Regaining and holding power is one thing...but why is Principle being relegated at a time when it should be uplifted?! If at a time when the destruction by statist Democrats is at its most visible for everyone to see, then when might be a better time to display a more divergent alternative, and a constitutionally principled one at that?! It's extremely telling when some so-called 'Republicans' at every branch of government, as well as the punditry, are displaying these traits. This is Rockefeller crap, it isn't Reaganism.

UPDATE: Isn't it funny how as soon as a compilation of surveys show Obama losing traction with voters, the usual media suspects (Washington Post/ABC News) come out with their own poll showing a rebound in Obama's job approval?  Coincidence?  Absolutely NOT!  It's all designed to weaken your resolve.

Friday, December 16, 2011

Geniuses? Hardly...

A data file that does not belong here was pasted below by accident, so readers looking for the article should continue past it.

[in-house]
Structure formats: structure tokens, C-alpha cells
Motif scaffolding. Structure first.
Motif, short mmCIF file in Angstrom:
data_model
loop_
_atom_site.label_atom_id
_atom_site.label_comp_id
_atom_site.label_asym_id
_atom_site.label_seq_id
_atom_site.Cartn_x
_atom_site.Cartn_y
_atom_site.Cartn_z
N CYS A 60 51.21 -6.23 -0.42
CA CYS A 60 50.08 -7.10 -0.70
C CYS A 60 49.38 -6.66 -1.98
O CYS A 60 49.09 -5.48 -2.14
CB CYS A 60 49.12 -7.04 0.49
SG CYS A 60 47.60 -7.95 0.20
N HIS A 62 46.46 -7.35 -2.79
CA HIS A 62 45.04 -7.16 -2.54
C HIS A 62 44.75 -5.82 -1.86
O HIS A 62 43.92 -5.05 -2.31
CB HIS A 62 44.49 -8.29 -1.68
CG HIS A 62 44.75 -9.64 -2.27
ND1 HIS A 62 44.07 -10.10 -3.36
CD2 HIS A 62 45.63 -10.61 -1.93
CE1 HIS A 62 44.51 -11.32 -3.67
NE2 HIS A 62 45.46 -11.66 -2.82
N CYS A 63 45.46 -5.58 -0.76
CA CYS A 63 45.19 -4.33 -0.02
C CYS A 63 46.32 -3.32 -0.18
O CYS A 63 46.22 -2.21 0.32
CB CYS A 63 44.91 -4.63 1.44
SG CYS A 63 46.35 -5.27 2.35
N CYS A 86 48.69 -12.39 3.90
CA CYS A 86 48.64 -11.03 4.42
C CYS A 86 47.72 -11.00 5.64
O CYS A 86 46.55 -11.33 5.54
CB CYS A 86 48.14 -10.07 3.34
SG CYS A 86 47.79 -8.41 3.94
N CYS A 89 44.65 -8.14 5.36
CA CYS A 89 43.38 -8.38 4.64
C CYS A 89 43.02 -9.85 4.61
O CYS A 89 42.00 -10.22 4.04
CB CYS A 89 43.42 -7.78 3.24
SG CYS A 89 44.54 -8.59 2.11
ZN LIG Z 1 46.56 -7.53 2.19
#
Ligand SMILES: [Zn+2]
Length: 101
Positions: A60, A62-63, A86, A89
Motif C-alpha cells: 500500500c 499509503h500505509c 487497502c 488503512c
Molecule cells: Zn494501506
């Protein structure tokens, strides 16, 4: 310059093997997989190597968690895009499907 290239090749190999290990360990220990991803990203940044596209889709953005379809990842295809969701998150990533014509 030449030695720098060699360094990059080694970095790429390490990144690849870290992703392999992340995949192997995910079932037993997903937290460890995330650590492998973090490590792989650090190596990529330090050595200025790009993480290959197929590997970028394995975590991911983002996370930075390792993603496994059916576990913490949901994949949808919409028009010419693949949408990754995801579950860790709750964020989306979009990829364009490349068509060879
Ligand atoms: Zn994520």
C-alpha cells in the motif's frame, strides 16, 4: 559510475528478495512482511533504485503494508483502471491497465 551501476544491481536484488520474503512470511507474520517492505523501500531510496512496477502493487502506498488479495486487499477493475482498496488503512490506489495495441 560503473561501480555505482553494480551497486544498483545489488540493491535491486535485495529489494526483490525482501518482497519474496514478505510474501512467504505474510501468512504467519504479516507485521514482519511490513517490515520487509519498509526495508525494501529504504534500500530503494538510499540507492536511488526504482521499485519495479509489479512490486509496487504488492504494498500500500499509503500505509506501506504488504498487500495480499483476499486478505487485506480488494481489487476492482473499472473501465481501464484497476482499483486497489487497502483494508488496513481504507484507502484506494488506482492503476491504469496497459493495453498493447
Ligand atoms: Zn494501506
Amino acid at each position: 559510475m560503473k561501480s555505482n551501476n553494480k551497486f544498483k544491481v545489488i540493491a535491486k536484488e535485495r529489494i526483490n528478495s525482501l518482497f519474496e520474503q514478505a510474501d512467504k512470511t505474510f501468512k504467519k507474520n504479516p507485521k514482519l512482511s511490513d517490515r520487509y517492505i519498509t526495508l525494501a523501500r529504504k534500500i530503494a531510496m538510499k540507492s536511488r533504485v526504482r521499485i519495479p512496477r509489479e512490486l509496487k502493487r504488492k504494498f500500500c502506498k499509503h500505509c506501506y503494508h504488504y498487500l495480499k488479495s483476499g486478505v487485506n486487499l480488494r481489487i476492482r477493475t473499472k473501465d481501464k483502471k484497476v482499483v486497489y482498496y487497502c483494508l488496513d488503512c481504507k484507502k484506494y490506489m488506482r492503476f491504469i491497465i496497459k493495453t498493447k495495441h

“I rise in strong support of this bill, and I urge my colleagues to support this piece of legislation. I urge my colleagues to support this piece of legislation. None of them have read it. Not one of us has read every page in this bill.” ~ Steny Hoyer

Then the House easily approved the $1 trillion omnibus, 296-121, sending the bill to a Senate for a likely weekend vote. Geniuses? Hardly...

The Hill reports, "Rep. Paul Gosar (R-Ariz.), who voted for the omnibus spending bill along with 146 other Republicans, called the measure a "crap sandwich" and said he wished it cut more."

“I have consistently said throughout my time in Washington that the American people deserve more from their government,” he said. “This bill is a crap sandwich! You definitely do not want to bite into it, you cannot stand the taste, but you know you have to eat it.”

Yeah, I wished the American people would wake up and cut about 500 of you from both Houses of Congress, because there's only about 35 that are worth having there!  Who's eating the 'crap sandwich', Mr. Gosar?  That's right, WE are, not YOU.  Grow a spine for Pete's sake.

Fox News Iowa GOP debate


Here’s what you needed to have heard going into last night’s final GOP debate before the Iowa Caucus votes begin…

Rush discussed the GOP elites dumping on Newt, as well as Mitt & Newt dumping on each other…then there’s Paul

…then in the evening, [from the Mark Levin Show website]…